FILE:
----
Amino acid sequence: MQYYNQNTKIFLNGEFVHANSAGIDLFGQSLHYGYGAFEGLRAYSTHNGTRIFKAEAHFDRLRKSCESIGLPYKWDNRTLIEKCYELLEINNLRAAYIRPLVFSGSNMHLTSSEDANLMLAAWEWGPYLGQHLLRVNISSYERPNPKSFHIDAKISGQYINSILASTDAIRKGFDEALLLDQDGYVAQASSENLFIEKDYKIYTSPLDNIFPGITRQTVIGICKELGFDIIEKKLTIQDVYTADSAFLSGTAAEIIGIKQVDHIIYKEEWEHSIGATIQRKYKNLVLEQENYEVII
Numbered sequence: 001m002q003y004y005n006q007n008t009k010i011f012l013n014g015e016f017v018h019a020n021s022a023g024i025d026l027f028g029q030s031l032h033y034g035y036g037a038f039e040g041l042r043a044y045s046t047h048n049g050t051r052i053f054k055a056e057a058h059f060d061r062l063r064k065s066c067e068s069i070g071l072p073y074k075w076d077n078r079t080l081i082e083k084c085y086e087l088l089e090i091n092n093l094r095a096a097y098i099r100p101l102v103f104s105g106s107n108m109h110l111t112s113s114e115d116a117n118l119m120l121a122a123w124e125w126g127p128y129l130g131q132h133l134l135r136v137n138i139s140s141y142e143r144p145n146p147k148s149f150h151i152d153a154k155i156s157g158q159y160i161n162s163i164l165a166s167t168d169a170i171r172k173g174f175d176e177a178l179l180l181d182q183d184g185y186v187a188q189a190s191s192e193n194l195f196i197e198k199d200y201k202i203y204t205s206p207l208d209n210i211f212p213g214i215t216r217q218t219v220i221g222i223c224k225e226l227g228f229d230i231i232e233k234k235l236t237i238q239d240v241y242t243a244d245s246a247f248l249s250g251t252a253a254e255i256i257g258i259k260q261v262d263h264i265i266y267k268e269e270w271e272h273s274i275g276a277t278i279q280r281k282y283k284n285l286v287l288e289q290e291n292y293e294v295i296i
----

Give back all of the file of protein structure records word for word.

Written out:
Amino acid sequence: MQYYNQNTKIFLNGEFVHANSAGIDLFGQSLHYGYGAFEGLRAYSTHNGTRIFKAEAHFDRLRKSCESIGLPYKWDNRTLIEKCYELLEINNLRAAYIRPLVFSGSNMHLTSSEDANLMLAAWEWGPYLGQHLLRVNISSYERPNPKSFHIDAKISGQYINSILASTDAIRKGFDEALLLDQDGYVAQASSENLFIEKDYKIYTSPLDNIFPGITRQTVIGICKELGFDIIEKKLTIQDVYTADSAFLSGTAAEIIGIKQVDHIIYKEEWEHSIGATIQRKYKNLVLEQENYEVII
Numbered sequence: 001m002q003y004y005n006q007n008t009k010i011f012l013n014g015e016f017v018h019a020n021s022a023g024i025d026l027f028g029q030s031l032h033y034g035y036g037a038f039e040g041l042r043a044y045s046t047h048n049g050t051r052i053f054k055a056e057a058h059f060d061r062l063r064k065s066c067e068s069i070g071l072p073y074k075w076d077n078r079t080l081i082e083k084c085y086e087l088l089e090i091n092n093l094r095a096a097y098i099r100p101l102v103f104s105g106s107n108m109h110l111t112s113s114e115d116a117n118l119m120l121a122a123w124e125w126g127p128y129l130g131q132h133l134l135r136v137n138i139s140s141y142e143r144p145n146p147k148s149f150h151i152d153a154k155i156s157g158q159y160i161n162s163i164l165a166s167t168d169a170i171r172k173g174f175d176e177a178l179l180l181d182q183d184g185y186v187a188q189a190s191s192e193n194l195f196i197e198k199d200y201k202i203y204t205s206p207l208d209n210i211f212p213g214i215t216r217q218t219v220i221g222i223c224k225e226l227g228f229d230i231i232e233k234k235l236t237i238q239d240v241y242t243a244d245s246a247f248l249s250g251t252a253a254e255i256i257g258i259k260q261v262d263h264i265i266y267k268e269e270w271e272h273s274i275g276a277t278i279q280r281k282y283k284n285l286v287l288e289q290e291n292y293e294v295i296i